Notes to Self: Information and Learning in Markets

Information and Learning in Markets represents the culmination of fifteen years of Xavier Vives' work in applying Bayesian ideas to game theoretic models of finance and the real economy. Vives' homepage with his working papers is here.

1732947890_7ff1be6da8_m.jpg{Image: Morning Meeting at the Fish Market}

The book starts off by building simple Cournot models of large markets, showing where and when the informational equilbria correspond to efficient allocative equilibria. The first few chapters are tough going (especially chapter 2), but once you've gotten your head around the general approach, which is, assume a continuum or assets and workers, and draw statistical inferences from the assumed interactions of these players, which correspond to equilibria in defintie settings according to standard Bayesian criteria.

The goal is to show the equivalence of anomalous results in behaviural economics to rational expectations equilibria, in different assumption-settings.

I found the first part of the book really interesting, and will use the approach Vives develops in my financial economics course, EC4024, next year. The second half of the book really loses me, however, especially chapter 9, sections 9.0--9.2, where we see a rational expectations equilibrium emerging, even though some of the traders are 'slow learners'. I can't get my head around why a slow learner in a financial market could persist for long enough to attain an equilibrium. We see that market microstructure really matters for the information revelation properties of prices, but we don't see the connection with the real world.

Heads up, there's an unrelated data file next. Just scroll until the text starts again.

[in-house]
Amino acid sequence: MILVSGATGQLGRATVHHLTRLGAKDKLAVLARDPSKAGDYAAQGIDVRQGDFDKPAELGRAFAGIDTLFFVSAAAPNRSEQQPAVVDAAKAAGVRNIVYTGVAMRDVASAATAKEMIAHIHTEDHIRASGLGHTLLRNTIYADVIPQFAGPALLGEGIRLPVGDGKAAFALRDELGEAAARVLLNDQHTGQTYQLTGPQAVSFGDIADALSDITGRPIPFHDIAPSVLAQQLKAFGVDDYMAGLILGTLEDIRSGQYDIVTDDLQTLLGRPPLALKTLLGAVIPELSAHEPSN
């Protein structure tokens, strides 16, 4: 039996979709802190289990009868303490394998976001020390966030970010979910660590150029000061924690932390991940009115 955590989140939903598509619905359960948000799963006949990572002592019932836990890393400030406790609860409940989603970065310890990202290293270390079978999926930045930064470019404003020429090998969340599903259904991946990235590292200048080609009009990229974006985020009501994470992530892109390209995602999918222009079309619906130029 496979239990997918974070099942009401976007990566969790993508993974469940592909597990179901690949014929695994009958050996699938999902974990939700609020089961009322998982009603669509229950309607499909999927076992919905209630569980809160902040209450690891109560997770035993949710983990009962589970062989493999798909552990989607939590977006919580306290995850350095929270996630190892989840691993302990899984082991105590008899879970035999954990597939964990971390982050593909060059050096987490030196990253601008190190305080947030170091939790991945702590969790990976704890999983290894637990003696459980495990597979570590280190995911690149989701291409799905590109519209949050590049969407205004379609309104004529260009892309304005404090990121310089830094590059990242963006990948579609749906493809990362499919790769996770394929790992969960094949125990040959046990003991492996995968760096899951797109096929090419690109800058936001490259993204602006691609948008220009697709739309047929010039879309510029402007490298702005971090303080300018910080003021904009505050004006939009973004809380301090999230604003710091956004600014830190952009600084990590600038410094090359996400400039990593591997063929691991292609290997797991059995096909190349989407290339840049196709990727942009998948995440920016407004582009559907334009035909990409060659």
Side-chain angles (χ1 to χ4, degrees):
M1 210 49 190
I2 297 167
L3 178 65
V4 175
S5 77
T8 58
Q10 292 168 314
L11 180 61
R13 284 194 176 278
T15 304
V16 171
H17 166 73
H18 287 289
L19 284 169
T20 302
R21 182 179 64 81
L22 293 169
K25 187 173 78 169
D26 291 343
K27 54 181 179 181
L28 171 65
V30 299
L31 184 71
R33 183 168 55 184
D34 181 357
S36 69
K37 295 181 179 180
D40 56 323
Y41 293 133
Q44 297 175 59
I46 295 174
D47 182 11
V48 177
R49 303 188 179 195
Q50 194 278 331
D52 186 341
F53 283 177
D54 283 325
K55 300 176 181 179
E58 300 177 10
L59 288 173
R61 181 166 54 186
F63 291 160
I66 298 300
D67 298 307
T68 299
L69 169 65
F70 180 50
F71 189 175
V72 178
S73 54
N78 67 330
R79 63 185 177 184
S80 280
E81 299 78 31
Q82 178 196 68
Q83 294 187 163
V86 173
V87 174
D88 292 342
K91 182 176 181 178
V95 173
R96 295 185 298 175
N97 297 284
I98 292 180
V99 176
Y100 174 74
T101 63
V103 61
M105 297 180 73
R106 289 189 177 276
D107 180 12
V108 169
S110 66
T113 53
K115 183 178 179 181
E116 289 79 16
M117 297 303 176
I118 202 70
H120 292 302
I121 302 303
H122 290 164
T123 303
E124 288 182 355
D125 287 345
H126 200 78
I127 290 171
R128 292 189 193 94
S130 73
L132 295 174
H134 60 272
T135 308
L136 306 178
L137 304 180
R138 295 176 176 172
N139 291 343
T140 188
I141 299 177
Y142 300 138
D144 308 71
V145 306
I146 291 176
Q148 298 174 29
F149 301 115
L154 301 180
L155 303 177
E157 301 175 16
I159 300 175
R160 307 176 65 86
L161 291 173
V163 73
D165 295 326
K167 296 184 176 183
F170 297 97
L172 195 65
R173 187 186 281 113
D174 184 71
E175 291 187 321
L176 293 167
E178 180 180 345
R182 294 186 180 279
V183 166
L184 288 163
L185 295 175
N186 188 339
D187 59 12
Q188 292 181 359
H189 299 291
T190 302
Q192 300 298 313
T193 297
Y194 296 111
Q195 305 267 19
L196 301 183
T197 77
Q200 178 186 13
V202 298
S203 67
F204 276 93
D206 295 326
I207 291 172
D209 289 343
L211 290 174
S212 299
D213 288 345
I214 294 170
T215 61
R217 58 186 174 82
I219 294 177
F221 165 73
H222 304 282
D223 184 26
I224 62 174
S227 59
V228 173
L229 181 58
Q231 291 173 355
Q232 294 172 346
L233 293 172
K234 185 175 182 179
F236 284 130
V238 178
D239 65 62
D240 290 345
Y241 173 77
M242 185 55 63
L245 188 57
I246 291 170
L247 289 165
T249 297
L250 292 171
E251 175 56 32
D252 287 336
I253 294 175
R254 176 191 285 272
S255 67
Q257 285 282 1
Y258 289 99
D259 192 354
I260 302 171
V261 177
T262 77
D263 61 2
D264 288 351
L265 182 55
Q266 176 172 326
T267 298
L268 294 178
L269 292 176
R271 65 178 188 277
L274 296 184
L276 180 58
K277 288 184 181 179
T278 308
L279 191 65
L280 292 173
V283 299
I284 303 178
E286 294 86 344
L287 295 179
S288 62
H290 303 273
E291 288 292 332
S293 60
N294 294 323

All in all though, this book is a nice, well paced, and at the end a very technical introduction to Bayesian thinking about price dynamics in markets with asymmetric information. The going is tough, but in parts the work one puts in will really worth it. Expect to see more of Vives' work on my financial economics course next semester, in elementary from of course.

Courses this book will be good for: PhD financial economics and mathematics, industrial organisation, or a Bayesian decision making seminar.